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This blog curates the voices of the Division of Psychoanalysis
(39) of the American Psychological Association. Barbara L. Blum (firstname.lastname@example.org
), PhD, submits this post:
The communication between psychologists and patients has been impacted by the revolution in communication that has occurred due to cyber technology and global communications networks. When, where, and how therapists and clients “talk” is not what it was when I started practicing psychotherapy in 1973! It is the responsibility of psychotherapists to examine how they use technology and new methods of communication in their work, and to question the impact on the psyches of both the therapist and the client.
There are many areas of cyber technology and communication methods that I can address, including emails, cell phone calls and texts between sessions, but for the purpose of this blog lets look just what has happened to the distinction between public and private time and space for therapists and clients because of the increased use of smart phones.
Because definitions of time and space have changed (just look at quantum physics) in our techno connected world it is increasingly difficult to understand and maintain a boundary between personal and public space, time and identity.
Last year, while on vacation in Bhutan, I received a cell call from a patient (at 4 AM Bhutan time) asking if I could talk sometime today, as she was depressed. My office phone clearly stated that I was away from the office, and gave names of covering professionals. My cell was on for emergencies with family or friends. The patient believed, nevertheless, if I can find you I can talk to you, and that her need to be calmed trumped my need for personal reparative time. More recently, while on a yoga retreat, I received disturbing middle of the night texts from a patient in marital distress. Neither my email “away message”, my office phone “away” message, nor having my cell phone on vibrate, guaranteed me personal “off work” psychological space.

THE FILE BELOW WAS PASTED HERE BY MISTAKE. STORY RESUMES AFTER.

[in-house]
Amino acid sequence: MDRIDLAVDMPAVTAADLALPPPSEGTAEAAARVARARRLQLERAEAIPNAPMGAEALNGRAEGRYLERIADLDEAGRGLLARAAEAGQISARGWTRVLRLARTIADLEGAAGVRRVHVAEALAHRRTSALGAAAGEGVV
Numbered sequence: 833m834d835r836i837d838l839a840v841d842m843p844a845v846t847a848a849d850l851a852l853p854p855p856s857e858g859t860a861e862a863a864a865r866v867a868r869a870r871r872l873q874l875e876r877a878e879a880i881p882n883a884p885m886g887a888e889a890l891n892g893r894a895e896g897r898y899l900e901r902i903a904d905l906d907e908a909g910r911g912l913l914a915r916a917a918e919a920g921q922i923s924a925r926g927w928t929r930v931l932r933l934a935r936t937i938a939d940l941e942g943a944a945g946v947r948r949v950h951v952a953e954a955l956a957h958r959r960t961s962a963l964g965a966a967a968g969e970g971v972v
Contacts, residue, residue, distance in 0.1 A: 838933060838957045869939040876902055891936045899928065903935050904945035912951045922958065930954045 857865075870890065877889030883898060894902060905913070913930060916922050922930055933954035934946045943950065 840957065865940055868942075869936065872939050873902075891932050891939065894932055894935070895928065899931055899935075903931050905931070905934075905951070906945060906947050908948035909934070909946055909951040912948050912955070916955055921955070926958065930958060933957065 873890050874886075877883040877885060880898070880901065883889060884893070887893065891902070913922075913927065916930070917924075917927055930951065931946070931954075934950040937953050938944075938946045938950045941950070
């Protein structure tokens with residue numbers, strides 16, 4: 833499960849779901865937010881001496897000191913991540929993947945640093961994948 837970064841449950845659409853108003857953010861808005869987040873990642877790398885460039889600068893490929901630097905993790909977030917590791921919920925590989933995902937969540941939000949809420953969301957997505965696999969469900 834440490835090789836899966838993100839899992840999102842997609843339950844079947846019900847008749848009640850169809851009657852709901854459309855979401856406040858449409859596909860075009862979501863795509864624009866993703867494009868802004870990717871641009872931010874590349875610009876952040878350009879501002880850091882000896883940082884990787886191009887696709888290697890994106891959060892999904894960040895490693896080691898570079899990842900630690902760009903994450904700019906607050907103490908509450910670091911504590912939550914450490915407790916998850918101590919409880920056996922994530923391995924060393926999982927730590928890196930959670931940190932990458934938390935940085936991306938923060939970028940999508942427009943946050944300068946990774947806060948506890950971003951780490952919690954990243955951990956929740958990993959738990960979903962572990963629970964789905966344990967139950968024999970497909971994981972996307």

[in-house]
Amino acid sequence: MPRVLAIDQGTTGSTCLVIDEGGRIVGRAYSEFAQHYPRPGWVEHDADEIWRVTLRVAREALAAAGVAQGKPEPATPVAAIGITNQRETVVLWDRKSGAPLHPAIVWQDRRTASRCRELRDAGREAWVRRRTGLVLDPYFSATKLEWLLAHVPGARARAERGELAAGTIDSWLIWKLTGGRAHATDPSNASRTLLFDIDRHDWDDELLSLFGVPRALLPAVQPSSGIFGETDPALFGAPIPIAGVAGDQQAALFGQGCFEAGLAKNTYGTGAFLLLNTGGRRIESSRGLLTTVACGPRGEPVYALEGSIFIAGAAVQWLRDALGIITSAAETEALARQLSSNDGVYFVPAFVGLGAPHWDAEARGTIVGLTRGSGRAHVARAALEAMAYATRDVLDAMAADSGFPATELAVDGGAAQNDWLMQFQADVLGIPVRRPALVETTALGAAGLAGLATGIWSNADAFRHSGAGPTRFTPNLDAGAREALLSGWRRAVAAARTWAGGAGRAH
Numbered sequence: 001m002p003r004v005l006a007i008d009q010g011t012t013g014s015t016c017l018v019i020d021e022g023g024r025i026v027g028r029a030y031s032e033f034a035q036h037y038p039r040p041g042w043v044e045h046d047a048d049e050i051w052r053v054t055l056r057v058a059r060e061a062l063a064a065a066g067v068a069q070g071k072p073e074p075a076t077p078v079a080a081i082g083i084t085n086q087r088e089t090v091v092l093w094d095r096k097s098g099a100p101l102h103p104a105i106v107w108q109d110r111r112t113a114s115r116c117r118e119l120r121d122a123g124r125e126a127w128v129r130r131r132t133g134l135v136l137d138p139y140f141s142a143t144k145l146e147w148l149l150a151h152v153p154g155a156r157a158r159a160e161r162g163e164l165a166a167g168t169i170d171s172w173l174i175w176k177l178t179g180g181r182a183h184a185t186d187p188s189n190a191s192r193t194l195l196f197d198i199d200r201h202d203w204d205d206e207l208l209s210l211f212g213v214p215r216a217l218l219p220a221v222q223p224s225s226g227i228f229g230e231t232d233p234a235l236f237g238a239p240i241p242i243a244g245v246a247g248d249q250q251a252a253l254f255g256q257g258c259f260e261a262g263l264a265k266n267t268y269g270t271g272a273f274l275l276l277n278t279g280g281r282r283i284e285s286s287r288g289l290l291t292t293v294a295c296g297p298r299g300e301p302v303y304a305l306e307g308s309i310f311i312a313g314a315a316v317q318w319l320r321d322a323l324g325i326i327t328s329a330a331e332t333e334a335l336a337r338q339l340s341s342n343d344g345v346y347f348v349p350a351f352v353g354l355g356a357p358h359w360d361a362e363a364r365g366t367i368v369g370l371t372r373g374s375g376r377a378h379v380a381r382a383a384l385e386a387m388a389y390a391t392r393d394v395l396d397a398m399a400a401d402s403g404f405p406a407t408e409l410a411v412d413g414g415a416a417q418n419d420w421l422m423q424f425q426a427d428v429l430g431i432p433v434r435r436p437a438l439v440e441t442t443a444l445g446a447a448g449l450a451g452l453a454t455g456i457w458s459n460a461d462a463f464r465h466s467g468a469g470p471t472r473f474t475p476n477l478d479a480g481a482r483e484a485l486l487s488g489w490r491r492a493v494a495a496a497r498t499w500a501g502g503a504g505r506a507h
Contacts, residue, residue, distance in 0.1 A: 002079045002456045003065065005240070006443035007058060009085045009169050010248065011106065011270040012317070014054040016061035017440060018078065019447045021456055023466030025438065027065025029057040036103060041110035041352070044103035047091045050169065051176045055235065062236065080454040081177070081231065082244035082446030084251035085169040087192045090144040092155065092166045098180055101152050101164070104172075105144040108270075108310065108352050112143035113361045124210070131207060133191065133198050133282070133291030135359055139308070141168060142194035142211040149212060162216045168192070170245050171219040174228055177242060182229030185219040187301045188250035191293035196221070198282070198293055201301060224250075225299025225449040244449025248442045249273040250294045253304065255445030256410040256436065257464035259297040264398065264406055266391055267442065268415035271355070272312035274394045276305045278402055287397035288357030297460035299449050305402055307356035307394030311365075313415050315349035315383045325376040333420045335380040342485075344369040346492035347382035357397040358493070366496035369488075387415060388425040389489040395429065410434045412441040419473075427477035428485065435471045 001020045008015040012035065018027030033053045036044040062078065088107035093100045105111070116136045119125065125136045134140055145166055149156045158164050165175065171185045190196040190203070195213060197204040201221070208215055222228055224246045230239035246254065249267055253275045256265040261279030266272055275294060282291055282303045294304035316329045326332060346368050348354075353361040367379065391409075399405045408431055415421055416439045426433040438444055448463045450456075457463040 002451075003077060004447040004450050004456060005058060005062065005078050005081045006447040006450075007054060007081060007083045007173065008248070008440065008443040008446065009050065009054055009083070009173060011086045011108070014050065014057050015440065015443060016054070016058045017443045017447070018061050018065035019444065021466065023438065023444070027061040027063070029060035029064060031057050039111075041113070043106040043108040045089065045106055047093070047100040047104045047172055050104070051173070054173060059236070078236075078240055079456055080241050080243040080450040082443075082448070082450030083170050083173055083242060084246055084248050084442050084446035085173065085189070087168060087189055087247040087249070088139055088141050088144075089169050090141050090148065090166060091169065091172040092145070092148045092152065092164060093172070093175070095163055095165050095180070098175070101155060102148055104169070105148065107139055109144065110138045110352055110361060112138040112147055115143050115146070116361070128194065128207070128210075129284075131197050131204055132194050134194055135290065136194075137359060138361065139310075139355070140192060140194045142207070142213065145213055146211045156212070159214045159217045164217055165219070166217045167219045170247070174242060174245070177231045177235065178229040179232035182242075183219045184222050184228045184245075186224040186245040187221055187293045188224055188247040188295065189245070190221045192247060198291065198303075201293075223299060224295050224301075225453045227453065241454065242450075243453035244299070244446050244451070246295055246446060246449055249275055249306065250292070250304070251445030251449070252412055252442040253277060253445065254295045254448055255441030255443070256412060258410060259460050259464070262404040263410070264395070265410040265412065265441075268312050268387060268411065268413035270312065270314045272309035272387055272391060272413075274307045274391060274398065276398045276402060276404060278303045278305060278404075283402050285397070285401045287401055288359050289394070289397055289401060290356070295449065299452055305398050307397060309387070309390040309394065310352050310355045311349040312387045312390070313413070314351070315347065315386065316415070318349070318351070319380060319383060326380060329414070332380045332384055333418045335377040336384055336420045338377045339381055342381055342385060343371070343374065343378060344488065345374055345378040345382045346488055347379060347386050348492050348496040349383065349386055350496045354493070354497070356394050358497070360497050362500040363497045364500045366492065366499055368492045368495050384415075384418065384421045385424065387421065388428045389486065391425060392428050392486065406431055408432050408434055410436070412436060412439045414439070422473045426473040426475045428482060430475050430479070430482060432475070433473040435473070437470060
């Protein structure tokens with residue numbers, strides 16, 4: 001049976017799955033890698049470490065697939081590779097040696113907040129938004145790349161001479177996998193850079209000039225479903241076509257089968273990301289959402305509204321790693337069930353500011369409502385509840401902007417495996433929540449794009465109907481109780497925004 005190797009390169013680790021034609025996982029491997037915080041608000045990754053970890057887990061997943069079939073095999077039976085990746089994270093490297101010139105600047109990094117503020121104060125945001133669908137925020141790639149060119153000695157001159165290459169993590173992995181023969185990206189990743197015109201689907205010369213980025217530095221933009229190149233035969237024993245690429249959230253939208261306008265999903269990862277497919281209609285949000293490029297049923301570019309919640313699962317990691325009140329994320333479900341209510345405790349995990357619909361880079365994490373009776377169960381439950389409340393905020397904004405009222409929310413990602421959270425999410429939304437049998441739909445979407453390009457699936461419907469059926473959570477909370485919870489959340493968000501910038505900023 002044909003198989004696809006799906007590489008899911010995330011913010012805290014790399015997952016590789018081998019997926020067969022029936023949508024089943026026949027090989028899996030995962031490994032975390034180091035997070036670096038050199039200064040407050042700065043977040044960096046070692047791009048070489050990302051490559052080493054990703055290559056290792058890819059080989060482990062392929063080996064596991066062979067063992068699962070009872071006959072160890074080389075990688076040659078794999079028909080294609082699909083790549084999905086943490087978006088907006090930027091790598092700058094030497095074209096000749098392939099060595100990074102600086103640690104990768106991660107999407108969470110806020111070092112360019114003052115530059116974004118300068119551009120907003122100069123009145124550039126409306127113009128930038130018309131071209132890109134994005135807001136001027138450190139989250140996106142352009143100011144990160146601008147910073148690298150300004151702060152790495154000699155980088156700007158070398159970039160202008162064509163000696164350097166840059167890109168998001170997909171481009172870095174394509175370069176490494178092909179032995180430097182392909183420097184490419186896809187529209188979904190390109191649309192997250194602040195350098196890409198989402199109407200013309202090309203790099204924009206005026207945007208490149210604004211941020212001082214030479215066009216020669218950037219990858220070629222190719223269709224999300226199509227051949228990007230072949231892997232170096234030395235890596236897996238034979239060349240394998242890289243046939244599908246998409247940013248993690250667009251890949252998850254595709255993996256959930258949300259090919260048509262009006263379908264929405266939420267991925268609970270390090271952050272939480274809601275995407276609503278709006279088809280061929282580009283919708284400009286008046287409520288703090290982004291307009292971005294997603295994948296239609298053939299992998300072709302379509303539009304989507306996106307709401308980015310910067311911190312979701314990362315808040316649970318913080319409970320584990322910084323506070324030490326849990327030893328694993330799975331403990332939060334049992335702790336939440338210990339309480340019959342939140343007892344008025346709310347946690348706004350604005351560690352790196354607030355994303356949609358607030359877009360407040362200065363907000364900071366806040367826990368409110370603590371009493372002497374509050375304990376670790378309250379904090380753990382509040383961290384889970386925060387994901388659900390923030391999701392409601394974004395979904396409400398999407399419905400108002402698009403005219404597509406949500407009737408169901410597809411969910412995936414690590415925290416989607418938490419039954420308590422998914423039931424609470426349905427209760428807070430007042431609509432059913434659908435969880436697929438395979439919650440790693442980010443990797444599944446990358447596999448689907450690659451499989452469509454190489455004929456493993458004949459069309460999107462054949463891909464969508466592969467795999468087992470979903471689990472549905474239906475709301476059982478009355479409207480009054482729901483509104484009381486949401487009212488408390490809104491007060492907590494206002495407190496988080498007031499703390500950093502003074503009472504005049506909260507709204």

Knowing from experience, that I can be reached anytime anywhere has made me much more cautious about what I tell patients about using my cell number to contact me. (I questioned whether or not to have two cell phones numbers, one for work and one for family and friends and decided that it was too cumbersome). Although I continue to leave my cell phone number on my land line phone, I clearly state boundaries for how I use my smart phone professionally. I state and demonstrate that I do not answer phones, cell or land, when in session with patients because it is an intrusion to their space and distracts from intense psychological work. I open inquiry with them about how they feel about turning their cell phone off (or on vibrate) while their own psychotherapy session. This inquiry is often grist for the mill as many patients are not used to having time off from the external world. Furthermore, I state that just as I respect their time and space as closed to the outside world when I am dedicated to exploring their psyche with them, I trust that they will respect my personal space and that cell calls are for emergency in off business hours only. Most of the time this sequence of explain and demonstrate, explore, then request is honored.
Expectations of what should be private and what should be public identity are not what they used to be since “googling” has become common parlance and practice. The difficulty in carving out a private life poses a particular challenge to psychotherapists, for whom a basic working principle was that the therapist should be a tabla rasa, a blank slate onto whom the patient projects her fantasies. Patients have googled me before and during therapy. I have been told where I live, my marital status, age about a zine my daughter published! Perhaps we need Hippa regulations for providers?
Incorporating new methods of communication without compromising the privileged and intimate nature of the communications shared in the psychotherapy relationship, is our challenge.
Barbara L. Blum, Ph.D.